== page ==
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Africa and Americas leading global reduction of leprosy cases

WHO report cites cases of Angola and Mozambique, which fell by more than half in seven years

 
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Data from the report "Keeping the initiative to overcome the global impact of neglected tropical diseases" of the World Health Organization, Quatá published on Monday (16) in Geneva, highlights decline of leprosy cases in the Americas and Africa, unlike regiõesdo other world. The document examines the period between 2004 and 2011.

In Portuguese-speaking countries, Angola stands out to have downloaded 75.9% of new cases. Mozambique and Brazil fell 75%, with the second highest number of cases in the world, at just over 31%.

According Regina Ungerer, WHO medical, sickness, also known as leprosy, is one to be eliminated globally by 2020. Ungerer said that achieving the goal is also necessary to address social factors.

"These diseases are poverty, development and social exclusion. Then there is only the question of facing the disease. Problems you face We have social inequalities, social determinants of health, employment for people, housing, access to drinking water. Only with these measures that actually have nothing to do with health greatly reduces the number of diseases, he said. spite of the reduction of cases by more than half, India remains as the largest number of patients.

Challenges and strategies <b> <b>

The agency addresses challenges to eliminate bilharzia (schistosomiasis), which affects Angola, Guinea-Bissau and Mozambique. Lusophone nations are in the group of 30 countries in sub-Saharan Africa where there are 99% of cases. Cape Verde is highlighted by the report include the nine countries that have not reported cases of rabies in 2011. The disease is no longer considered endemic because it was not detected either in men or animals.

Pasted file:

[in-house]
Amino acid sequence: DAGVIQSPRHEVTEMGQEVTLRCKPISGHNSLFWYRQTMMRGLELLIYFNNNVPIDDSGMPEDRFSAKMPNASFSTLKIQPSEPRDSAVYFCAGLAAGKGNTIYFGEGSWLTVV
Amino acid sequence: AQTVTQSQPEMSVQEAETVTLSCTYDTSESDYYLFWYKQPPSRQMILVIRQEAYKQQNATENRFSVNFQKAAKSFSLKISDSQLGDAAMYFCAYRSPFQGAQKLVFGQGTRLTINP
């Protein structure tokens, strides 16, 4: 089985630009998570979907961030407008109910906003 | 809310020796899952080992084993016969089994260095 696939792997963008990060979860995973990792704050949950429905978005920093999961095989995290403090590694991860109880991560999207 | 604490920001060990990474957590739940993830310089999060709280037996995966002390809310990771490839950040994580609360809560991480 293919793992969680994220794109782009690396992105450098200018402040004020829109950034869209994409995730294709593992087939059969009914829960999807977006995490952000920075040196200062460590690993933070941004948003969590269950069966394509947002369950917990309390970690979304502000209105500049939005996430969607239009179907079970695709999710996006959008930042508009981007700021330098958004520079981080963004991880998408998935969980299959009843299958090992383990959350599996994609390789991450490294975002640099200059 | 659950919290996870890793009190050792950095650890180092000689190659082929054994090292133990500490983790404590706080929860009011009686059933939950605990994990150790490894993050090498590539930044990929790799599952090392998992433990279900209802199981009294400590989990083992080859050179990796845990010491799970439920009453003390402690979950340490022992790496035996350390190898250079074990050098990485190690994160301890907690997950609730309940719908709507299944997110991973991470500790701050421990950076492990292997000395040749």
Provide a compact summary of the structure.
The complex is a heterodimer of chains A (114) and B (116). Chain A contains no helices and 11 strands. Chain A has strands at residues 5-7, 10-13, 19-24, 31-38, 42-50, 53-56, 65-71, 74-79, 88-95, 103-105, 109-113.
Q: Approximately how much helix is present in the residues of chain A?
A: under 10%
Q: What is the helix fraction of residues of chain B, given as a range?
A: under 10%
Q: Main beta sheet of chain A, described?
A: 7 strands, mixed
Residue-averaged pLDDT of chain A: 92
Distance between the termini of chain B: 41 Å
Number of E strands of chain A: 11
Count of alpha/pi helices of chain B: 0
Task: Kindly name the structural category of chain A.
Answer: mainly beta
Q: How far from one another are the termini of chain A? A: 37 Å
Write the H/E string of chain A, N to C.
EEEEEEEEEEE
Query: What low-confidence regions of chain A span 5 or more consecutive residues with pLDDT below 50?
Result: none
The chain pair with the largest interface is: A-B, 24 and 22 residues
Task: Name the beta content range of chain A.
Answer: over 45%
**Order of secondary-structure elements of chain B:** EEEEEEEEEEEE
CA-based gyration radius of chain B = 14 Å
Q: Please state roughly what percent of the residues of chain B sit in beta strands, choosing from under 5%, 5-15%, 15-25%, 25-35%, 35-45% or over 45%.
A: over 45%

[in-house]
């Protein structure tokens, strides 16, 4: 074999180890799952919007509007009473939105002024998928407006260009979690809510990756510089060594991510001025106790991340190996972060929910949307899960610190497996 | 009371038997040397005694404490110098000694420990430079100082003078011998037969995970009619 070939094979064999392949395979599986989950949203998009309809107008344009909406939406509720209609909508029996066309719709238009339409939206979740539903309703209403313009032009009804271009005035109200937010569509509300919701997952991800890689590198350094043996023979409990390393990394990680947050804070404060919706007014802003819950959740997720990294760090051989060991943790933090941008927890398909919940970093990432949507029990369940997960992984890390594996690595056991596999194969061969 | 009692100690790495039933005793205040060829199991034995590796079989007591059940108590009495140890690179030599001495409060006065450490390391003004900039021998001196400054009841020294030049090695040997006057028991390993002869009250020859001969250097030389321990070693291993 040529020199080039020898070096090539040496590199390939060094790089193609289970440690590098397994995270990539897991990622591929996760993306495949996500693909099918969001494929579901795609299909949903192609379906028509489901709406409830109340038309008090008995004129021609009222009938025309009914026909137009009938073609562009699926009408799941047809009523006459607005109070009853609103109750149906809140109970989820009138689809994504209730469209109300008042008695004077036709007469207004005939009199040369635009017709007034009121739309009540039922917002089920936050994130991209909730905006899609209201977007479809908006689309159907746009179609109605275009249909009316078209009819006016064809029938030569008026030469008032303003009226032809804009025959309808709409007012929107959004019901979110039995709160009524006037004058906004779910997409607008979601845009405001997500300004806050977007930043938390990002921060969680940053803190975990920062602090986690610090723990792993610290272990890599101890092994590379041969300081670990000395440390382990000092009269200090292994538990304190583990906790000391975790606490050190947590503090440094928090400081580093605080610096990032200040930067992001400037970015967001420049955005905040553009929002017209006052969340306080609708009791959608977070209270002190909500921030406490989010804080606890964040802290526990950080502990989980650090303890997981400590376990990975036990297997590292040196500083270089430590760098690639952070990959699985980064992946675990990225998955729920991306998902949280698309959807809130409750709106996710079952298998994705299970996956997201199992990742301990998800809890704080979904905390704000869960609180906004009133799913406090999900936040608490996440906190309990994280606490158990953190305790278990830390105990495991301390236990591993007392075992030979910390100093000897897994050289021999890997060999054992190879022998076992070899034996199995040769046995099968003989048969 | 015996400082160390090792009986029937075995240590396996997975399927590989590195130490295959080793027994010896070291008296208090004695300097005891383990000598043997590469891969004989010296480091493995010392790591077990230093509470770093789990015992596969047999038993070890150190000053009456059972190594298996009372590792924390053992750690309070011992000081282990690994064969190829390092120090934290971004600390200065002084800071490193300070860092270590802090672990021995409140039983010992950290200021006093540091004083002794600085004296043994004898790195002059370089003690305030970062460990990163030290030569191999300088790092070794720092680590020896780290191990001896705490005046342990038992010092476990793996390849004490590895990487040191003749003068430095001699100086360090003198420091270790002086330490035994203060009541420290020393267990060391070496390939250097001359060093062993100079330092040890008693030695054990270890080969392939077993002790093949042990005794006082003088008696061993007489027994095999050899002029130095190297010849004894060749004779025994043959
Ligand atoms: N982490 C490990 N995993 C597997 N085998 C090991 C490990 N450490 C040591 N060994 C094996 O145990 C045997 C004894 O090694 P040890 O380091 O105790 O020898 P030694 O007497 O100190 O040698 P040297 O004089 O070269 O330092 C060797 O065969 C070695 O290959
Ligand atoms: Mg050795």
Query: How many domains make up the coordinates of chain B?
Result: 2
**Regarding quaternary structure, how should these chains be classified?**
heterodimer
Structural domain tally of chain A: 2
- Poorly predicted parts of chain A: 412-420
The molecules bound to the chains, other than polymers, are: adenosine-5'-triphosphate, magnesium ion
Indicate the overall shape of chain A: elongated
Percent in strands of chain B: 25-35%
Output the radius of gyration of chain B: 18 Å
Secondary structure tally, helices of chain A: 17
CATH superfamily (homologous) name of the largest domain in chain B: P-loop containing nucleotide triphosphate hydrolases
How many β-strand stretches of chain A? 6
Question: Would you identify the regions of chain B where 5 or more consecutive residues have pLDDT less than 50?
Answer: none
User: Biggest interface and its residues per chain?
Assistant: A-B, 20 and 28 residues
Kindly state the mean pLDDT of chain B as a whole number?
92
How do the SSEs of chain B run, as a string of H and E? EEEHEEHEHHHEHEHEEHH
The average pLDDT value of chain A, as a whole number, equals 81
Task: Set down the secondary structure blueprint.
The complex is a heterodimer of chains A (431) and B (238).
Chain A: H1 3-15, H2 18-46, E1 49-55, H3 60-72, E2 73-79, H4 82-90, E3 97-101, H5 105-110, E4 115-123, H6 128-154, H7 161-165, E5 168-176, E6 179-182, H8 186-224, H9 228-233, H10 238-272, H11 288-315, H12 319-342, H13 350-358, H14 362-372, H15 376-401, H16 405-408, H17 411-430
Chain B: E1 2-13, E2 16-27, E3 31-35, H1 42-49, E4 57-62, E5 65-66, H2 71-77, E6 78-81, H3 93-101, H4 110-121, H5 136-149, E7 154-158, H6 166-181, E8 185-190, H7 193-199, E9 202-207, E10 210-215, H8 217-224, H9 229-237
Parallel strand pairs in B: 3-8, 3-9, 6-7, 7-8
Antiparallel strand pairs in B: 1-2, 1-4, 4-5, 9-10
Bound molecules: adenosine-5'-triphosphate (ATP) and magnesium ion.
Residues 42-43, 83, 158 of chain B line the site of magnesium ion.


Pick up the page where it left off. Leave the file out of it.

Angola appears as one of the countries that registers sleeping sickness, also known as trypanosomiasis. The disease still endemic in 24 countries, is not detected for more than 30 years in Guinea-Bissau. Moreover, cases of human rabies transmitted by bats increase the concerns of WHO, especially in remote areas of the Amazon region with emphasis on Brazil, Colombia, Ecuador and Peru.

The document highlights Brazil's plans to eliminate trachoma, the leading cause of preventable blindness worldwide. The challenges cited in the document include the fight against Chagas disease, which also affects the country. The report indicates a change in the epidemiological pattern of co-infection of the parasite of Chagas' disease and HIV.

With information <i> UN <i>

Source: Isaude.net
   Palavras-chave:   Leprosy    WHO    The Americas    Africa    Schistosomiasis    Chagas disease    Trypanosomiasis    Human rabies   
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